We were an abstemious bunch for our lunchtime meal. Both Prudence & myself opted for lime & soda, which I combined with a packet of salt & vinegar crisps. Graham seemed to be enjoying his leek & potato soup and half of ale. Although the crisps I ate were perfectly fine, maybe I’ll sample the soup next time.

The ride after lunch was particularly enjoyable. We cycled through Bramber to join the South Downs Way and Downs link. I’ve never invested in a pair of waterproof trousers, so felt slightly left out as Graham and Prudence took the opportunity to change into their waterproof trousers under a bridge during a sudden rain shower. The rain stopped as soon as 2/3 of the group had changed into their over-trousers and I decided I could probably continue taking part in rides without adding trouser waterproofs to my cycling baggage.

The waterproof trousers break was the last I saw of the rest of the group for a while. I became distracted when photographing dark clouds over the River Adur. By the time I had finished photographing clouds and a South Downs Way sign, my Clarion comrades were nowhere to be seen.

I knew the direction to Shoreham, so continued along the River Adur in an attempt to catch up with the rest of the group. The abandoned London double decker buses and Underground sign left outside the dilapidated former Shoreham cement works seemed worthy of a few brief photographs.

January 27, 2019: Hassocks to Shoreham

January 27, 2019: Hassocks to Shoreham

I had photographed the Underground sign and an abandoned fire engine when someone drove up in a 4×4 to tell me I was trespassing on private property. I never did find out why the London buses had been left in the former Shoreham cement works, but it would be great to return to take a few more photos of the London bus graveyard very soon.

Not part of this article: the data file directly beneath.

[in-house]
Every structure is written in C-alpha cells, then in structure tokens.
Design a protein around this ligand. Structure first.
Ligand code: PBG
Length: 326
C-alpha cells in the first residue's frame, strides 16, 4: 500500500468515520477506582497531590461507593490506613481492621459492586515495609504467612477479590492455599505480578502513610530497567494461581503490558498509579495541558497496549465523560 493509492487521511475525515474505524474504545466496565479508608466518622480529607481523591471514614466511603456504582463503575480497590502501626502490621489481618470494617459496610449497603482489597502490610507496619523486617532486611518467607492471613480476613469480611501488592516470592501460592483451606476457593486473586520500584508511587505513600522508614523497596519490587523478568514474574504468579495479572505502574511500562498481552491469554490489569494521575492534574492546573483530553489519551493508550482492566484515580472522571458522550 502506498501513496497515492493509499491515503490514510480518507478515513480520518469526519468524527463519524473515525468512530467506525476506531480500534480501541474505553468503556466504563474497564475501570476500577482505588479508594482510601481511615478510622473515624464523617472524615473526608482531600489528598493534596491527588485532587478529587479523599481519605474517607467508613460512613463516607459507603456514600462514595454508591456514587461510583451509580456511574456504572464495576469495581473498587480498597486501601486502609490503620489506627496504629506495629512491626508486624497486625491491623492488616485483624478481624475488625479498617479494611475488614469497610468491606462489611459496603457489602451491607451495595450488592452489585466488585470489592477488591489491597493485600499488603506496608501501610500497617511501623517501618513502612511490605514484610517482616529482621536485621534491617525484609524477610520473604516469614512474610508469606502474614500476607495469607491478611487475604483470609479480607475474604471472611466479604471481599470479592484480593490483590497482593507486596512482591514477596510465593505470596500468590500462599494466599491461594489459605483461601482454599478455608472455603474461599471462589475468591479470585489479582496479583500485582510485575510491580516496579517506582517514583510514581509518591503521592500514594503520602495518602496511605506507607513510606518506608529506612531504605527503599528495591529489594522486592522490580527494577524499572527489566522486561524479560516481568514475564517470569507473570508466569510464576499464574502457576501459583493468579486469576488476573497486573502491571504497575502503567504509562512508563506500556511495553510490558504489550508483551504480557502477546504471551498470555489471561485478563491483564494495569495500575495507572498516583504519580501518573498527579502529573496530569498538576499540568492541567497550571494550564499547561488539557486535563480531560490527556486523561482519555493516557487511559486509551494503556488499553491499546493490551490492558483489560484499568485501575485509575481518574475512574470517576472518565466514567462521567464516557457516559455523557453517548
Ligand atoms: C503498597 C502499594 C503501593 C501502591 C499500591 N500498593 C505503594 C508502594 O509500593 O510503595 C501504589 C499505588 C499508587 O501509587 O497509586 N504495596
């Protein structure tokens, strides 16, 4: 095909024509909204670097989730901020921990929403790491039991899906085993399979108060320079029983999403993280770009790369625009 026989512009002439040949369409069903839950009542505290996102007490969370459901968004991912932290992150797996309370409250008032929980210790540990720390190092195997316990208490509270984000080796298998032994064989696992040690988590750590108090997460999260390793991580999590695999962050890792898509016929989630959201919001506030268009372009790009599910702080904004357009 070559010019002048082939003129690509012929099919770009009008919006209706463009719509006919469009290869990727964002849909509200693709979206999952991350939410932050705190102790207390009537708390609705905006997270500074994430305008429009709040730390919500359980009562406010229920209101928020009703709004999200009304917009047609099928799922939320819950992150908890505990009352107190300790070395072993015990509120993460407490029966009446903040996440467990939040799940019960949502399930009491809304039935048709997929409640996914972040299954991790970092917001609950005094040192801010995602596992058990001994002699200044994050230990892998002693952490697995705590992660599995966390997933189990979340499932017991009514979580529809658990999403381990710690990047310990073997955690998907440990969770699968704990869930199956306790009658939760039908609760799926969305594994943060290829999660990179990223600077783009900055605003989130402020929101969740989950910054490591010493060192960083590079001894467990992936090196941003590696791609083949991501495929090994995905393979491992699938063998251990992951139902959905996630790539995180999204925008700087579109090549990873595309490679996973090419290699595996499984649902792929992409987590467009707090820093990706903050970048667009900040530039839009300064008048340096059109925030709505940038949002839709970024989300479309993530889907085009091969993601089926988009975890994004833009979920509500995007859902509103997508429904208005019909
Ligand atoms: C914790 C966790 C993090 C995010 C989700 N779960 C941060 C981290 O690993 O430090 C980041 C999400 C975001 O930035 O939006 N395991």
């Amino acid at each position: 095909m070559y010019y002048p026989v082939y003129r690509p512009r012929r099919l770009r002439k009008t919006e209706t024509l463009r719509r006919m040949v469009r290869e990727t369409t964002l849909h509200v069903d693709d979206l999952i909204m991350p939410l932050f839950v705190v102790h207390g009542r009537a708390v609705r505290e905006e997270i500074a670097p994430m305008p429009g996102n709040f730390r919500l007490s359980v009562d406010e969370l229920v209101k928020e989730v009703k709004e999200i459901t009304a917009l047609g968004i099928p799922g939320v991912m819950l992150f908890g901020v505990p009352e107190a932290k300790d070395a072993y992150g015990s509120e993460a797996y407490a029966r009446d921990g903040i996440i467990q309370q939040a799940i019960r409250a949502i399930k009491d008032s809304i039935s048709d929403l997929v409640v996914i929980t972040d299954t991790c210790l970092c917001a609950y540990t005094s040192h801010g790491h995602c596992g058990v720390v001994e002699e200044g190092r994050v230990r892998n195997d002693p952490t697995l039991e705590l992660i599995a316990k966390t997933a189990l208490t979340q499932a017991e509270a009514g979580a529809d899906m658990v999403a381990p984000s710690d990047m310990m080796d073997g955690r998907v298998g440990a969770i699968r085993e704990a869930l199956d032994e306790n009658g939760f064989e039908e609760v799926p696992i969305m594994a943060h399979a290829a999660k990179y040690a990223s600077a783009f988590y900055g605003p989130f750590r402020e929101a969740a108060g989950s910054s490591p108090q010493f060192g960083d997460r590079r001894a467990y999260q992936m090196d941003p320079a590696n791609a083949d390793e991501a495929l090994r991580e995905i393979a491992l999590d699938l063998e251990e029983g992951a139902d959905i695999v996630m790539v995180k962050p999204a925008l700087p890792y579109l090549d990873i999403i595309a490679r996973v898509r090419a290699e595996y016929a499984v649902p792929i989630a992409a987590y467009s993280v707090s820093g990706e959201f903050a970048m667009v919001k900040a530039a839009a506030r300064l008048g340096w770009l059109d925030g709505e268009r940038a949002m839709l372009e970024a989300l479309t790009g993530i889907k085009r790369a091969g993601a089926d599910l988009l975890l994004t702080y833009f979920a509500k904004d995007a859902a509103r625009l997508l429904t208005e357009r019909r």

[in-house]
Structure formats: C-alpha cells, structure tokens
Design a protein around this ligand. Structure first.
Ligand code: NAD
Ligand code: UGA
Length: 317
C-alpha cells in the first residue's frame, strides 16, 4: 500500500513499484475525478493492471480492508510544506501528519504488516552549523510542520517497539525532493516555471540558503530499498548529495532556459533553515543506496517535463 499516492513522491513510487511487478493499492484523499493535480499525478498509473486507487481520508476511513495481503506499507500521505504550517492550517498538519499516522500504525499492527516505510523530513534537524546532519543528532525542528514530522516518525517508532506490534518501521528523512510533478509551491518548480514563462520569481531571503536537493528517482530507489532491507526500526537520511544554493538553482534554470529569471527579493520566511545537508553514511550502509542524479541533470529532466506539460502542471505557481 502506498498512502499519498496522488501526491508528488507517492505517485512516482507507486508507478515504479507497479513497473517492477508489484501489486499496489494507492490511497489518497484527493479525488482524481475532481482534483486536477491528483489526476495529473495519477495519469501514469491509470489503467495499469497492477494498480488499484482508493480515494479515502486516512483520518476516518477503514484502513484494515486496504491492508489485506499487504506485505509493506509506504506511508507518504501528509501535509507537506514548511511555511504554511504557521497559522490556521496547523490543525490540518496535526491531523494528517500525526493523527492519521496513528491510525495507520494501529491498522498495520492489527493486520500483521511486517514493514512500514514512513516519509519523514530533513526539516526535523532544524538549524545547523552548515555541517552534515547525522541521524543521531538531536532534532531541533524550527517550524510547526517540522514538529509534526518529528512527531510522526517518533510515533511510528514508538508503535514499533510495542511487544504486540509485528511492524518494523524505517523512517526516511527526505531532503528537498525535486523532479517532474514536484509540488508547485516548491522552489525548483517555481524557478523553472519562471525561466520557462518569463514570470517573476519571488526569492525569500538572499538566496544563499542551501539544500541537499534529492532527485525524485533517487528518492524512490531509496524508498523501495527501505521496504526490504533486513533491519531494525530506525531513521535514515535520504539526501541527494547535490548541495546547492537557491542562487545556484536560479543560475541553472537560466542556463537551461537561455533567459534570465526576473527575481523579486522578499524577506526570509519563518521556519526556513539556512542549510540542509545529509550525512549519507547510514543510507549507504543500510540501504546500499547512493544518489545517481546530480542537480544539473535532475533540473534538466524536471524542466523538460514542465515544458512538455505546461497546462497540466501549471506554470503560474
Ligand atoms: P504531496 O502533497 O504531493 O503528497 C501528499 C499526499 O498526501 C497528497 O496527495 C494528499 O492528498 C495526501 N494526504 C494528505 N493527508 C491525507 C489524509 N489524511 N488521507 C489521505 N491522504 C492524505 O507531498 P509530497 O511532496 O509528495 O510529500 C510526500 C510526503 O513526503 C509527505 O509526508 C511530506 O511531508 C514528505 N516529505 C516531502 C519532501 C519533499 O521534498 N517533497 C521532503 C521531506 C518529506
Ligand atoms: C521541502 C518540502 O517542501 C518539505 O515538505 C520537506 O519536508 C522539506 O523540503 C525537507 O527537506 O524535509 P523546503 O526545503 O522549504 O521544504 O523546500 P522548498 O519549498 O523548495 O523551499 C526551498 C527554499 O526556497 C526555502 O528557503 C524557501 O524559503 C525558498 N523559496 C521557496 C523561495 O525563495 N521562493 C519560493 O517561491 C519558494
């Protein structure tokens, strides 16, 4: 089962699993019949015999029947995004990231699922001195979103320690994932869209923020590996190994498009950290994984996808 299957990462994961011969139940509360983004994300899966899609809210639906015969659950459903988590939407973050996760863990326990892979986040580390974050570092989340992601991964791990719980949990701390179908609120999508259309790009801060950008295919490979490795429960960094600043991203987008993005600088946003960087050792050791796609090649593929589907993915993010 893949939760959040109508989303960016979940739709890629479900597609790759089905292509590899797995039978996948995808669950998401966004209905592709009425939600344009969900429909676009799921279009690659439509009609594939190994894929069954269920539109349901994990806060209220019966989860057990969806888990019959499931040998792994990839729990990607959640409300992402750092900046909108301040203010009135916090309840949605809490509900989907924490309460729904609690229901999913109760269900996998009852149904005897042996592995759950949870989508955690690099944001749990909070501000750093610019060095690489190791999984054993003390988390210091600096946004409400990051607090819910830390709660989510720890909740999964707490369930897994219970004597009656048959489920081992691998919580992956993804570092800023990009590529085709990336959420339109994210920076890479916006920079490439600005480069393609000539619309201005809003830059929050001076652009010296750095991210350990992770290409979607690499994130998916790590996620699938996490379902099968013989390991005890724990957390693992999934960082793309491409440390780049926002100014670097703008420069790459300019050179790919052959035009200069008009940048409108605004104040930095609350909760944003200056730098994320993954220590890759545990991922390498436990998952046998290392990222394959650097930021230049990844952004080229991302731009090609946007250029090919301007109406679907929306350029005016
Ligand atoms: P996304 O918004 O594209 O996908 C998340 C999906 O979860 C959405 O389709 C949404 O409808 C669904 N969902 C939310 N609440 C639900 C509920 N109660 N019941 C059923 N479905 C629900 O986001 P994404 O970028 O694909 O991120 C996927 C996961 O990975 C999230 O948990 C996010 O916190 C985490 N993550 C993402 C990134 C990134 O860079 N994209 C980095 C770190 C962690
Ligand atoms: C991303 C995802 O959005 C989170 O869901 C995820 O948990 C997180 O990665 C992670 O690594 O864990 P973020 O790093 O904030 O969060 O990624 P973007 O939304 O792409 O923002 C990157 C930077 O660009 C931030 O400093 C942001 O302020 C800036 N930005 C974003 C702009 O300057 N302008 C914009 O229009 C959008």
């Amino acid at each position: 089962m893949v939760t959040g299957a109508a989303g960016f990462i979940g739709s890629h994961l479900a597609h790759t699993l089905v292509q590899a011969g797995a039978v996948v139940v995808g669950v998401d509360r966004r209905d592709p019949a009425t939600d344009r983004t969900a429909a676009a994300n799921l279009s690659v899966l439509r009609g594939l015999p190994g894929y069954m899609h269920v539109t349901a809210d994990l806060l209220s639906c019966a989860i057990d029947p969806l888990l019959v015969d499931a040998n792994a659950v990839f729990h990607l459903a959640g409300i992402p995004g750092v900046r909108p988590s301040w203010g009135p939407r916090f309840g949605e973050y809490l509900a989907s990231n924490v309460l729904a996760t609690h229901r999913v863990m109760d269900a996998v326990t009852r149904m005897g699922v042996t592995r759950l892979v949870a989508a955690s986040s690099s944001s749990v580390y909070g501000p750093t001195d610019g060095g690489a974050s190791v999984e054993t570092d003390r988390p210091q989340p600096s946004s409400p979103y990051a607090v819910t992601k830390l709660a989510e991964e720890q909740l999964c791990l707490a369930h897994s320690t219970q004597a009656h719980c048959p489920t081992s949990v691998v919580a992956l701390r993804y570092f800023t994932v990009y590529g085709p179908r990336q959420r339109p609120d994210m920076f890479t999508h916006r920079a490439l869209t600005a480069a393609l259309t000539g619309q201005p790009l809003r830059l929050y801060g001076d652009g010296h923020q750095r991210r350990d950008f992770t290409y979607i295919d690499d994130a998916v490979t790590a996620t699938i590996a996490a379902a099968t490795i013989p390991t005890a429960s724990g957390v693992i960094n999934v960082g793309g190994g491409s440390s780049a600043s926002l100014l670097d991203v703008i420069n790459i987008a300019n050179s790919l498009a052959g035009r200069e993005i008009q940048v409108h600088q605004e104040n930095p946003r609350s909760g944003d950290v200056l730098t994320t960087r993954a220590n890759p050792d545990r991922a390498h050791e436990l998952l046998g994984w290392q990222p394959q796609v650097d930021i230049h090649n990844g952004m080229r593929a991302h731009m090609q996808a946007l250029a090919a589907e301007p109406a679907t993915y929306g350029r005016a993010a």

January 27, 2019: Hassocks to Shoreham

I caught up with Graham a few minutes later. He told me that he and Prudence had been waiting in the cold for me for about 10 minutes. I had to apologise for my photographic diversions and hoped he appreciated why I found a London Underground sign in the Shoreham cement works so intriguing.

Prudence had gone on ahead to seek out a suitable end-of-ride coffee stop. Ginger & Dobbs was a fine place to end the ride. As well as drinking coffee, Graham and myself agreed to sit still while Prudence drew our hands for an art course she was doing. Perhaps there’s a future for the two of us as male models?

As ever, thanks to Graham for organising a terrific cycle ride. I must try and take fewer photographs and peddle faster next time.

Nick
January 27, 2019: Hassocks to Shoreham


The Last Ride: Sunday 13th January 2019 –  Balcombe to Wivelsfield

14 January 2019